To facilitate discussion, we are publishing the abstracts and conclusions/summaries of the 24 papers from the Cornell Conference on the Origin of Biological Information here at Uncommon Descent, with cumulative links to previous papers at the bottom of each page.
Note: A blow-by-blow account of the difficulties that the authors experienced from Darwin lobby attempts to censor the book by denying it publication with Springer are detailed here. Fortunately, the uproar resulted in an opportunity for readers like yourself to read the book online. That said, the hard cover version is now shipping.
The Conclusion for “Entropy, Evolution and Open Systems” by Granville Sewell:
Of course, one can still argue that the spectacular increase in order seen on Earth is consistent with the underlying principle behind the second law because what has happened here is not really extremely improbable. One can still argue that once upon a time, on a special planet called Earth, a collection of atoms formed by pure chance that was able to duplicate itself, and these complex collections of atoms were able to pass their complex structures on to their descendants generation after generation, even correcting errors. One can still argue that, after a long time, the accumulation of genetic accidents resulted in greater and greater information content in the DNA of these more and more complex collections of atoms, and eventually something called “intelligence” allowed some of these collections of atoms to design cars and trucks and spaceships and nuclear power plants. One can still argue that it only seems extremely improbable, but really isn’t, that under the right conditions, the influx of stellar energy into a planet could cause atoms to rearrange themselves into computers and laser printers and the Internet. But one would think that at least this would be considered an open question, and those who argue that it really is extremely improbable, and thus contrary to the basic principle underlying the second law of thermodynamics, would be given a measure of respect, and taken seriously by their colleagues, but we aren’t.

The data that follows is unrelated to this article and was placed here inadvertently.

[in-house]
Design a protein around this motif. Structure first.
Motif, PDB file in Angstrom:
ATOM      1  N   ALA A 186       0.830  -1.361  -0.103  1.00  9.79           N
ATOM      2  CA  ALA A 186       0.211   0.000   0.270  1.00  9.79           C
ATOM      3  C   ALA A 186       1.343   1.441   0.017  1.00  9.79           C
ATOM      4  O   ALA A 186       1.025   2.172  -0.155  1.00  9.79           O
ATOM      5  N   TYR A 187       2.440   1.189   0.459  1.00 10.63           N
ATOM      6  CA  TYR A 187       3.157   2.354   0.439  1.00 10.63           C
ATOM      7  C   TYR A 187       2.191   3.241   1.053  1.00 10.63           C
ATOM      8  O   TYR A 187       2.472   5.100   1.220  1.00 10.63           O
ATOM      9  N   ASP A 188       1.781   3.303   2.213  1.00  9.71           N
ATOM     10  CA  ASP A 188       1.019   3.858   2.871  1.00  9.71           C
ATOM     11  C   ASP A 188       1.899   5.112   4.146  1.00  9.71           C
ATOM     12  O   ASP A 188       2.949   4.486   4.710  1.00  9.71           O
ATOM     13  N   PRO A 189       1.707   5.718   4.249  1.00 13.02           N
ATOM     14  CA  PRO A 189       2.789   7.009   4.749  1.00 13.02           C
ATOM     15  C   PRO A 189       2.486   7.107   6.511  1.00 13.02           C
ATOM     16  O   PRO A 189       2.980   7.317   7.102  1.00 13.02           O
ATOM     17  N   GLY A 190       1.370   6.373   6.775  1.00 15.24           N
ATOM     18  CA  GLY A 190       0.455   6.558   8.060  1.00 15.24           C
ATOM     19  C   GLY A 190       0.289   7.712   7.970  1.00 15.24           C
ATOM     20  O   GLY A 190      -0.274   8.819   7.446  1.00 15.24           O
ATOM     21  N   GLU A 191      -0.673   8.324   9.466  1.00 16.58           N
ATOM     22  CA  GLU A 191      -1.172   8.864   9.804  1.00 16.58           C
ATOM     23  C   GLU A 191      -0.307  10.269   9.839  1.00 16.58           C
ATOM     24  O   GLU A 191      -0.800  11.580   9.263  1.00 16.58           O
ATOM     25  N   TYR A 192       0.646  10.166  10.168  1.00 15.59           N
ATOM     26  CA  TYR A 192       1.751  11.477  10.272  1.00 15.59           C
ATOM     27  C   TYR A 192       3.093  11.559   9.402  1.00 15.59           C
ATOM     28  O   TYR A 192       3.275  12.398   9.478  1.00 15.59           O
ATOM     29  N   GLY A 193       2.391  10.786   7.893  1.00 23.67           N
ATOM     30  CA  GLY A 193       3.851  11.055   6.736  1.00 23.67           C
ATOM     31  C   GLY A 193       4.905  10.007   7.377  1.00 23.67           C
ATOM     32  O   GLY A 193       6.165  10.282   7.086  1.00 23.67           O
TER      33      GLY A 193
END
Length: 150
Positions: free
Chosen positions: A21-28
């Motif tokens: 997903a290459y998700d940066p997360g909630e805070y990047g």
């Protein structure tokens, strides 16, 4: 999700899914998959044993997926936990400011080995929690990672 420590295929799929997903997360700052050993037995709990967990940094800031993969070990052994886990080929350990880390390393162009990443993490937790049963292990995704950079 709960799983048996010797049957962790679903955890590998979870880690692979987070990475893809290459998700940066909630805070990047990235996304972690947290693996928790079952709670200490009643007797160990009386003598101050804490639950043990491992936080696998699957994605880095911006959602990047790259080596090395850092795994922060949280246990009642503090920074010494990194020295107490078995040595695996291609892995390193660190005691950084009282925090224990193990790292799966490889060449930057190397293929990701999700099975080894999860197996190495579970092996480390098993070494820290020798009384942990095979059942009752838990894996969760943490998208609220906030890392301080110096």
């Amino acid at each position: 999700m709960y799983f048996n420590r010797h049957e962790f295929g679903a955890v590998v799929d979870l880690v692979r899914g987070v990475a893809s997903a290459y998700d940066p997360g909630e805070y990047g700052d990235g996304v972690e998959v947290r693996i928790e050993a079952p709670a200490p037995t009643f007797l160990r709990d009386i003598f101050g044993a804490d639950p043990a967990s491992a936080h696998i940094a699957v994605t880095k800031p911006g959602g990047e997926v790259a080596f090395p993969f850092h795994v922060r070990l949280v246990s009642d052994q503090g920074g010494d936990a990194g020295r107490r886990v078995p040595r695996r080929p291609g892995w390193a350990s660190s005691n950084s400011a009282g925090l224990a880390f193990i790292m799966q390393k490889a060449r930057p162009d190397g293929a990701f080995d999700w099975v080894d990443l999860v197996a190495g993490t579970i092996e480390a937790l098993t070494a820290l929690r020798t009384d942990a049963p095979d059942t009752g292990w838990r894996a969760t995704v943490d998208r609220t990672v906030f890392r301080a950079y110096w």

See also: Origin of Biological Information conference: Its goals
Open Mike: Origin of Biological Information conference: Origin of life studies flatlined
Open Mike: Cornell OBI Conference— Can you answer these conundrums about information?
Open Mike: Cornell OBI Conference—Is a new definition of information needed for biology? (Chapter 2)
Open Mike: Cornell OBI Conference—New definition of information proposed: Universal Information (Chapter 2)
Open Mike: Cornell OBI Conference—Chapter Three, Dembski, Ewert, and Marks on the true cost of a successful search
Open Mike: Cornell OBI Conference—Chapter Three on the true cost of a successful search—Conservation of information
Open Mike: Cornell OBI Conference—Chapter Four: Pragmatic Information
Open Mike: Cornell OBI Conference—Chapter Four, Pragmatic information: Conclusion
Open Mike: Cornell OBI Conference Chapter Five Abstract
Open Mike: Cornell OBI Conference Chapter Five – Basener on limits of chaos – Conclusion
Open Mike: Cornell OBI Conference Chapter Six – Ewert et all on the Tierra evolution program – Abstract
Open Mike: Cornell OBI Conference Chapter Six – Ewert et all on the Tierra evolution program – Conclusion
Open Mike: Cornell OBI Conference Chapter 7—Probability of Beneficial Mutation— Abstract
Open Mike: Cornell OBI Conference Chapter 7—Probability of Beneficial Mutation— Conclusion
Open Mike: Cornell OBI Conference Chapter 8—Entropy, Evolution and Open Systems—Abstract